PS: How are people supposed to find out key things like the 75-CAL limit and other features of SBS? I've read a bunch on the MS website about it and I'm sure my friend has looked it up too, and it wasn't until I started really digging that I found a reference to the 75 limit at the bottom of this link: http://www.microsoft.com/windowsserver2003/sbs/techinfo/overview/generalfaq.mspx
. I couldn't even find a reference on the pricing and licensing page http://www.microsoft.com/windowsserver2003/sbs/howtobuy/pricing.mspx.

Also, I'm still not clear on the difference(s) between "server services" and "server software" and what that was all about on the link in my original posting.
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by:Jeffrey Kane - TechSoEasy
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Jan,

I've asked E-E to create a separate category for SBS because of the unique nature of the product... so many people get confused about it... especially if they are familiar with MS Enterprise Servers (like Server 2003).  

The reason for the lower price is that its a server designed for a particular niche... small business.  Not only does it have a 75 CAL limit, but it also must primary domain controller and does not support trusts.  It's not designed at all to be integrated into your type of situation.  Especially because you aren't using the rest of the features included in SBS (Exchange, Fax, SharePoint, etc.)

As for the CAL limits being hard to find, it would be nice if they headlined the main SBS page (www.microsoft.com/sbs) with something like, "for up to 75 users".  But the page is really about SMALL BUSINESS... and there are many references to that niche size in the various links on the page.

I would definitely suggest that you reinstall the Win2K server if you have the CALS.  Microsoft is not planning on discontinuing support for Win2K for anytime in the near future that I know of... it's still a very strong system and is installed on millions of networks.  It will be around for a number of years to come.  They tried to end support for Windows 98 only to have to extend it.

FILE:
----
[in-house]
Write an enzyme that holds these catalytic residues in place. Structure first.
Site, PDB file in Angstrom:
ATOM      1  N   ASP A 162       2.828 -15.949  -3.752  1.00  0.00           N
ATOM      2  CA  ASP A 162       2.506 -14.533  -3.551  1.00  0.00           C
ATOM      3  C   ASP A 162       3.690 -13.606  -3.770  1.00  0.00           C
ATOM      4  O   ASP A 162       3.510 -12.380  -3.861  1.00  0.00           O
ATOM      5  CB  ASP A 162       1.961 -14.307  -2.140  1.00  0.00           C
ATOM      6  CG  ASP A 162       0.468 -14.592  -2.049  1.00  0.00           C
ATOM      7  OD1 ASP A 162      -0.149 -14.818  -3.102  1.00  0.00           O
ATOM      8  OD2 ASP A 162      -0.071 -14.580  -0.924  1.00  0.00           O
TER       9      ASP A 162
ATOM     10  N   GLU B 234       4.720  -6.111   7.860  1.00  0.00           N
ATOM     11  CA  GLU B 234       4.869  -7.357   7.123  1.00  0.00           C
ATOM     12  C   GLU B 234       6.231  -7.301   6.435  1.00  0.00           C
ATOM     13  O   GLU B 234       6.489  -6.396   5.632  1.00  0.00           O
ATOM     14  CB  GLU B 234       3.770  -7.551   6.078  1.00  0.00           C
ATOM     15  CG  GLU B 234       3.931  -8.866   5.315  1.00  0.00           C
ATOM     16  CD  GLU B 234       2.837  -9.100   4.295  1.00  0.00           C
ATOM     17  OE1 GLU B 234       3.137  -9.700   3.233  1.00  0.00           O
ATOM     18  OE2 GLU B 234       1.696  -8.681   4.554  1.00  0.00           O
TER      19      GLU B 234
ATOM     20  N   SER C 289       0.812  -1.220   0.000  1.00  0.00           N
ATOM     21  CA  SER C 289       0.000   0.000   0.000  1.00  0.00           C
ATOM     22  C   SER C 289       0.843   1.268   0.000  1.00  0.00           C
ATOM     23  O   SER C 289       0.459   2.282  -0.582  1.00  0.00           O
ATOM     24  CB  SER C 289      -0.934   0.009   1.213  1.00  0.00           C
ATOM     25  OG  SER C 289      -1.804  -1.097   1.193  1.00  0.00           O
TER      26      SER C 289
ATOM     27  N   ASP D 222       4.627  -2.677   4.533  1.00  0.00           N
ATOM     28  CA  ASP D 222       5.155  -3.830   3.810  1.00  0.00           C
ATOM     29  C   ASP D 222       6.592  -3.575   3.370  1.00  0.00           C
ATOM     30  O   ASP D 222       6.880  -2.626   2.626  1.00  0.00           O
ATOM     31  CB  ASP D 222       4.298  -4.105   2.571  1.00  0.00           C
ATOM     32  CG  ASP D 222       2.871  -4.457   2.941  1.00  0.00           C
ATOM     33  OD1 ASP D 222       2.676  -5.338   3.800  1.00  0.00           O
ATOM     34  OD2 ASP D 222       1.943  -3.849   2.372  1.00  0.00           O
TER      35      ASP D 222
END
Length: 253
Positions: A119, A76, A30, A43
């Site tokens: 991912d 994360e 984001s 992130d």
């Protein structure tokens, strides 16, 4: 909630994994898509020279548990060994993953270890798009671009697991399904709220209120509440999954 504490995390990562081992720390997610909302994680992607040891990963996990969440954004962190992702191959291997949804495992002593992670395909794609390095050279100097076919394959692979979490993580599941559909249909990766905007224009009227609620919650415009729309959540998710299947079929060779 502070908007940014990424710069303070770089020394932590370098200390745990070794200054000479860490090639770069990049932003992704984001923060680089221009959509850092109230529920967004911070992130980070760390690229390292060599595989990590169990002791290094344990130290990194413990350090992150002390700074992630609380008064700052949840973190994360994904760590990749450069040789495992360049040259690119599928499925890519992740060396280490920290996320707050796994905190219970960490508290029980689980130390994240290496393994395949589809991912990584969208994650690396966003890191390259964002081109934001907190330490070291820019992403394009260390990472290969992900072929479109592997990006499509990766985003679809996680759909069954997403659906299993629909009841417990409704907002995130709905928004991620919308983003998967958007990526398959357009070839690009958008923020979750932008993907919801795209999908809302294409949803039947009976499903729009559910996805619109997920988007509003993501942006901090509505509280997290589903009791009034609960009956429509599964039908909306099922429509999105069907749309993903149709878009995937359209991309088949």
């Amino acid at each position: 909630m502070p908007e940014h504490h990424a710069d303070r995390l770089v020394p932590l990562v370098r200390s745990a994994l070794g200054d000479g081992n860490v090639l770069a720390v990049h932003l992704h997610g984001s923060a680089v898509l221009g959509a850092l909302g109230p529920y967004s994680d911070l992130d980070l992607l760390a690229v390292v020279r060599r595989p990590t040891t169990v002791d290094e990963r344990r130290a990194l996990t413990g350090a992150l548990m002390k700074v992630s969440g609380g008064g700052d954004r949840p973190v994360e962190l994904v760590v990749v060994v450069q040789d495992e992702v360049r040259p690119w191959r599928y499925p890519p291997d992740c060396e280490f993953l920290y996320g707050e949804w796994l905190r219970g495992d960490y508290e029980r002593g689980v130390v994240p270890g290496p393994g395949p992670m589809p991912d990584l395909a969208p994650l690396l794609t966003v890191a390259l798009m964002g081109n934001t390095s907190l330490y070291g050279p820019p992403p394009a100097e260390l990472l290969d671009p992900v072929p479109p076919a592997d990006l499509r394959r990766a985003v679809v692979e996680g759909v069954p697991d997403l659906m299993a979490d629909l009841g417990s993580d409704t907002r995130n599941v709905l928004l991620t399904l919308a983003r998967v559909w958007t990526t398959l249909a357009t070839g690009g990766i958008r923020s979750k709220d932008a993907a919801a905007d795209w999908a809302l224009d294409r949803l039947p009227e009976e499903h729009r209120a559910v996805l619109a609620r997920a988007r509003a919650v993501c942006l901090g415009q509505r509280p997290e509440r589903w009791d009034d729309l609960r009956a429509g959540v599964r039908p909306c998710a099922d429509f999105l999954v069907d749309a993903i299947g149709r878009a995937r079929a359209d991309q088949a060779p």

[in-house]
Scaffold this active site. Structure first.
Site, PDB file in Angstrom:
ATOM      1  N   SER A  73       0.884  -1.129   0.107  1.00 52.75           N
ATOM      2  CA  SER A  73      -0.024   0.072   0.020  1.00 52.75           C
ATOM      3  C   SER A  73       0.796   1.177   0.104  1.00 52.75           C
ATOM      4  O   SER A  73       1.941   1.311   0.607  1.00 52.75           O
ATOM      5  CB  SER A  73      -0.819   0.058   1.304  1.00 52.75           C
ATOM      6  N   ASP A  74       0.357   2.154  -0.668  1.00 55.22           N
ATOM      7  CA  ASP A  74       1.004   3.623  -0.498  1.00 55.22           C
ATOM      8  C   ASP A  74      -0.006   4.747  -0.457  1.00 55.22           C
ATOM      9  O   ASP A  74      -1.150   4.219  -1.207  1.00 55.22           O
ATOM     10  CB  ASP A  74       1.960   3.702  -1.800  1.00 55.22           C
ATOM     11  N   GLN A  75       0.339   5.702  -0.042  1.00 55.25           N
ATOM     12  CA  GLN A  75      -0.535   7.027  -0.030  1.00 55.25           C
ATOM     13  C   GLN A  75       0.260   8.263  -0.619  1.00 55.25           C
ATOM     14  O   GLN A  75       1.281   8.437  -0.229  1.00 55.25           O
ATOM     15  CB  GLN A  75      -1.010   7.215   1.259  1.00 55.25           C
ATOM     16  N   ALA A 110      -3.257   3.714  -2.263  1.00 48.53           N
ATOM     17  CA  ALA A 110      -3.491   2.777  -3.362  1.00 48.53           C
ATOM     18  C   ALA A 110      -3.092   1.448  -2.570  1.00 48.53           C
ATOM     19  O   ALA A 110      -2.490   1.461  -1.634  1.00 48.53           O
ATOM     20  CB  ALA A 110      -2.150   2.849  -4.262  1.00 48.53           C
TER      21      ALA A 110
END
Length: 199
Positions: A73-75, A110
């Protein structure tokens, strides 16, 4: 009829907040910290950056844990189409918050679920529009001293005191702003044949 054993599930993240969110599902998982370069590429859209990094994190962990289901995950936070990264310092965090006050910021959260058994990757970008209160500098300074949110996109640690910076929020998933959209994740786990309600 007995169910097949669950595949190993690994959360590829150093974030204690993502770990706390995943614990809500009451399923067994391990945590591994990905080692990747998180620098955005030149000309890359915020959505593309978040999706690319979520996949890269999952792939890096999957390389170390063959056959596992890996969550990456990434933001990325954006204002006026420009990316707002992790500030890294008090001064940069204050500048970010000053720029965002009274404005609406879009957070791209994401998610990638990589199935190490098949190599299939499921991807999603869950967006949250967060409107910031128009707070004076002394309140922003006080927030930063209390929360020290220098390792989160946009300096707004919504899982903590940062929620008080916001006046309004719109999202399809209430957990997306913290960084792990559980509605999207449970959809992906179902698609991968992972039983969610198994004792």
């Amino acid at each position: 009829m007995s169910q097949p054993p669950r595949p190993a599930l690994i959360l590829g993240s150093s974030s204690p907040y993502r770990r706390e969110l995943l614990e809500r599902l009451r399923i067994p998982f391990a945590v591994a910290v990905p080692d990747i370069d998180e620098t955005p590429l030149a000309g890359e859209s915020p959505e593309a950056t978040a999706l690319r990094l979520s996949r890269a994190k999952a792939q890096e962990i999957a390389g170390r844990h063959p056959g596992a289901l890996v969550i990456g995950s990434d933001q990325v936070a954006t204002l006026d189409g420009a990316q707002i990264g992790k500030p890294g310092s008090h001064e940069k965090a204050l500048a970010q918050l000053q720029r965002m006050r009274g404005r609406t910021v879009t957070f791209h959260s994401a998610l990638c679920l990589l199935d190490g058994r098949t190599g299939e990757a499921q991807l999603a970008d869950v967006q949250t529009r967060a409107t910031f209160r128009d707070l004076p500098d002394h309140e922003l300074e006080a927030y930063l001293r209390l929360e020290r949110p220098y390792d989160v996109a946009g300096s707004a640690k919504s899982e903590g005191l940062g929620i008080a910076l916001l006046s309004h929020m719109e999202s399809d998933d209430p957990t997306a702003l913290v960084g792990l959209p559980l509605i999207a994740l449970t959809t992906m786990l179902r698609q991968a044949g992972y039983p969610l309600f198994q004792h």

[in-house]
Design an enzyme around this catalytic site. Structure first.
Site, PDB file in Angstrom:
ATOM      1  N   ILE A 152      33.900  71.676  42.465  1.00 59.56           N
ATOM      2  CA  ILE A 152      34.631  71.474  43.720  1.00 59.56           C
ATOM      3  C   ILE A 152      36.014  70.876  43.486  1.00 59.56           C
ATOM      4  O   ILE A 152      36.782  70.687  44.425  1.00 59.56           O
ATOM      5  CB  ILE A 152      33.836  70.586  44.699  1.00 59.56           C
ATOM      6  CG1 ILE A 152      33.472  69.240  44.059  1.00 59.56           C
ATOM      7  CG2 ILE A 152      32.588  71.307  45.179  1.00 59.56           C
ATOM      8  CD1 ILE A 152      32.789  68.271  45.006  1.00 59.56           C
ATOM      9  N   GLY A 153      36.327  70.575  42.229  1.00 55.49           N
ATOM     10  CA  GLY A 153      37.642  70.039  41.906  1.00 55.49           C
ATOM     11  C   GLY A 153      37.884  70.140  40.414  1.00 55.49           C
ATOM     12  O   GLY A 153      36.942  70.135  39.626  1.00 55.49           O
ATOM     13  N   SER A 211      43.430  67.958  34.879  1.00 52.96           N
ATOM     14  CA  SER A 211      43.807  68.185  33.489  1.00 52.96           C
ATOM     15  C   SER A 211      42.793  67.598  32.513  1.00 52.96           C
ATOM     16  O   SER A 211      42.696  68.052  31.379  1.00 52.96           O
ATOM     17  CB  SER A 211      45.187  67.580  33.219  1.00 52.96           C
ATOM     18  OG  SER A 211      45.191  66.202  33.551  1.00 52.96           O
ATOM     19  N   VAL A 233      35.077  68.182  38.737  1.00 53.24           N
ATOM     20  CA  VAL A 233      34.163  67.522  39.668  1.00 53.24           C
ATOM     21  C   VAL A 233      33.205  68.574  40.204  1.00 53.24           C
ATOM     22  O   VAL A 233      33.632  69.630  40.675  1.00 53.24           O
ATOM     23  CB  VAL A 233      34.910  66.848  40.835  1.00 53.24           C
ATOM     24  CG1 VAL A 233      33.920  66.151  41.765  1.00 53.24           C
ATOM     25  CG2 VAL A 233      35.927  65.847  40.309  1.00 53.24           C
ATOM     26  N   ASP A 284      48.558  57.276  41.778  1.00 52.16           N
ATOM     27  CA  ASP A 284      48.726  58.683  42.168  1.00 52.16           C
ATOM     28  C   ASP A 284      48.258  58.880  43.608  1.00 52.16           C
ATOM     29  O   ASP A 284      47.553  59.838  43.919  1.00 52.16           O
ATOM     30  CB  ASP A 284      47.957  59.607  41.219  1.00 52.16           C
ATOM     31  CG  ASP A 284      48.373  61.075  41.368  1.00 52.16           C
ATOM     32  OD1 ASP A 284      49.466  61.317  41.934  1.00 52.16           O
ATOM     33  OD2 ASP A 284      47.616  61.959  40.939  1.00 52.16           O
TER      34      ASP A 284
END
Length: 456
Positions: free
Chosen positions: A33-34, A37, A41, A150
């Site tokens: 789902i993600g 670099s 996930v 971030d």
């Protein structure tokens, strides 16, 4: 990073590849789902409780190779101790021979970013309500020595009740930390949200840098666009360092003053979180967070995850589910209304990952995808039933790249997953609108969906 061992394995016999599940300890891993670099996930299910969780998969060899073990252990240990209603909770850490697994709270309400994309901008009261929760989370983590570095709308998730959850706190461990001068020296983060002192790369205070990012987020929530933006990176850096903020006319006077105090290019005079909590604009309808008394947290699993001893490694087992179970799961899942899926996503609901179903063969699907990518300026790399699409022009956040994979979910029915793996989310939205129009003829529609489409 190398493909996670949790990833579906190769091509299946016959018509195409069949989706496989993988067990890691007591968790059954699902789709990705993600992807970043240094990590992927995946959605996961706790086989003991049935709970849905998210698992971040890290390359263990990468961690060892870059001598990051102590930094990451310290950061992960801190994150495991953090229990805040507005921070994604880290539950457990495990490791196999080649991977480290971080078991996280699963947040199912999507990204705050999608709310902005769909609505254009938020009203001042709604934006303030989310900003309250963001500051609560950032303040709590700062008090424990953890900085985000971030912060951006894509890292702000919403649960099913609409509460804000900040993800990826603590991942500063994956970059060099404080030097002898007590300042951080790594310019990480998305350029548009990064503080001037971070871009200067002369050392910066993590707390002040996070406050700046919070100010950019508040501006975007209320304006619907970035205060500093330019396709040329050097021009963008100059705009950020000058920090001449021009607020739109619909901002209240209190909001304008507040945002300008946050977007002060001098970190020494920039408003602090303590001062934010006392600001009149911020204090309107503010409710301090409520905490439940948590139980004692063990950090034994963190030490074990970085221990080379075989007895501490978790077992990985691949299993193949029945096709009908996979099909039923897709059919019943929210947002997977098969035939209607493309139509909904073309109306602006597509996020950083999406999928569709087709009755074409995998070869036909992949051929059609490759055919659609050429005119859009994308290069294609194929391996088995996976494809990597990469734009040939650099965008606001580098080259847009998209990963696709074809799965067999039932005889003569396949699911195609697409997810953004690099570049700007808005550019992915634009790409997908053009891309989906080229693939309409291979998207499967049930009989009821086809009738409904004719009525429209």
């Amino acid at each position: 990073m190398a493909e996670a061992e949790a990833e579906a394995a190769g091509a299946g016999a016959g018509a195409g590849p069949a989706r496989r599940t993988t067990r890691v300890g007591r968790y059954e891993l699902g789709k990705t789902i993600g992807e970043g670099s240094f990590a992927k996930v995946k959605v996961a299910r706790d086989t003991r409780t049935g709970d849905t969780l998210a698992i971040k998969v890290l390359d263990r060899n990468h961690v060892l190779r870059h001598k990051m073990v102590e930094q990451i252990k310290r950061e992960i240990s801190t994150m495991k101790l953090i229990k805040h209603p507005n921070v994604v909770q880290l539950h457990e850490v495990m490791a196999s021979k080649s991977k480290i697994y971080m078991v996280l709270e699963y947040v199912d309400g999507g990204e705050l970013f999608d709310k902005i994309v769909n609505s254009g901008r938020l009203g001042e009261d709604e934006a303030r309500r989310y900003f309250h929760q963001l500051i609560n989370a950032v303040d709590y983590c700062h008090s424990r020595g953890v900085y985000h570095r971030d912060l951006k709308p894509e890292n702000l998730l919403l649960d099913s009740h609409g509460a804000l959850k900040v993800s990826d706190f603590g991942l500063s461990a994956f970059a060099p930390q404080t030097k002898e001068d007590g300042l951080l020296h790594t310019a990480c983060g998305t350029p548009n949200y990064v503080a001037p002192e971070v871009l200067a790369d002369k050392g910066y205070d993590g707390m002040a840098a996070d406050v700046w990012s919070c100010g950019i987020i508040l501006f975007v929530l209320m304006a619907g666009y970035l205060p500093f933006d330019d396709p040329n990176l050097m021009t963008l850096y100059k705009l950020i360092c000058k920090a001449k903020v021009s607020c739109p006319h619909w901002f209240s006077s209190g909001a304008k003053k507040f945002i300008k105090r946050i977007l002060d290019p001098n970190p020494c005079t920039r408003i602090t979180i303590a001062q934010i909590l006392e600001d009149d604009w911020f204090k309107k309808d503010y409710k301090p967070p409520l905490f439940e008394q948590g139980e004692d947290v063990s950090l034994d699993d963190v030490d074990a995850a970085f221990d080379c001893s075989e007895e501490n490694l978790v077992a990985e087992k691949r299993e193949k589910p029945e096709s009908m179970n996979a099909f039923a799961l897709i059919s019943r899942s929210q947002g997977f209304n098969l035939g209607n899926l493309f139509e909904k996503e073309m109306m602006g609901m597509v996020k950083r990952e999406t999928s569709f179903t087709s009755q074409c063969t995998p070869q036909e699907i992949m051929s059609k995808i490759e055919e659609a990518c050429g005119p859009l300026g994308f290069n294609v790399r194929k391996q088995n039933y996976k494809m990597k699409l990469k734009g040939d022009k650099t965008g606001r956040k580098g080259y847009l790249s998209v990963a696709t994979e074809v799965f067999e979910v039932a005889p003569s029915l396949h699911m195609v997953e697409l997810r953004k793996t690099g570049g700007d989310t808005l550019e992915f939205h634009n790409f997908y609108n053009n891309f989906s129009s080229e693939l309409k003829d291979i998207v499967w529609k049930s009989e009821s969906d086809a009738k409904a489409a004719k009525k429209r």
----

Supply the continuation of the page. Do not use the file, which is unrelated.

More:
So if anything, you may want to buy a new machine to install it on... that will help considerably.  HP has servers starting at $399.00 (but don't get those... they're really designed for small networks under 10 users... but you could still get something decent for under $1,000.00).

Good luck!

Jeff
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by:Jeffrey Kane - TechSoEasy
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If you're looking for lots of good articles on the subject... http://storage.ittoolbox.com/nav/t.asp?t=432&p=432&h1=432

Jeff
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can we get closure?
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by:ykchick
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Absolutely you can get closure and sorry for leaving this open so long! I've had it on my reminders list, but unfortunately there's a bunch of things on my reminders list because it's been a crazy fall.

In the end, we bought the full Windows 2003 Server, which I installed in my "spare time" over the last while and finally put it place in our network last Sunday. My friend took back the SBS, even though he doesn't think he'll be able to return it to his distributor - even though the distributor admitted that they didn't know about the CAL incompatibility etc. I realize returning opened software is an issue, but I'm glad my friend and his company value customer service more than his distributor apparently does. I hope he can find somewhere to use it so he doesn't lose out.

Thanks for all your help and also your patience and once again, my apologies for the delay.

Jan
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by:Jeffrey Kane - TechSoEasy
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Jan, glad to hear that it turned out well for you.  Tell your friend that if he can't find a home for the software, I may be able help.  I install a couple SBS's a month, and some of them are for Non-Profits, which I generally give software to... (even if I have to pay for it).  Just contact me directly if necessary.

Best of luck!

Jeff @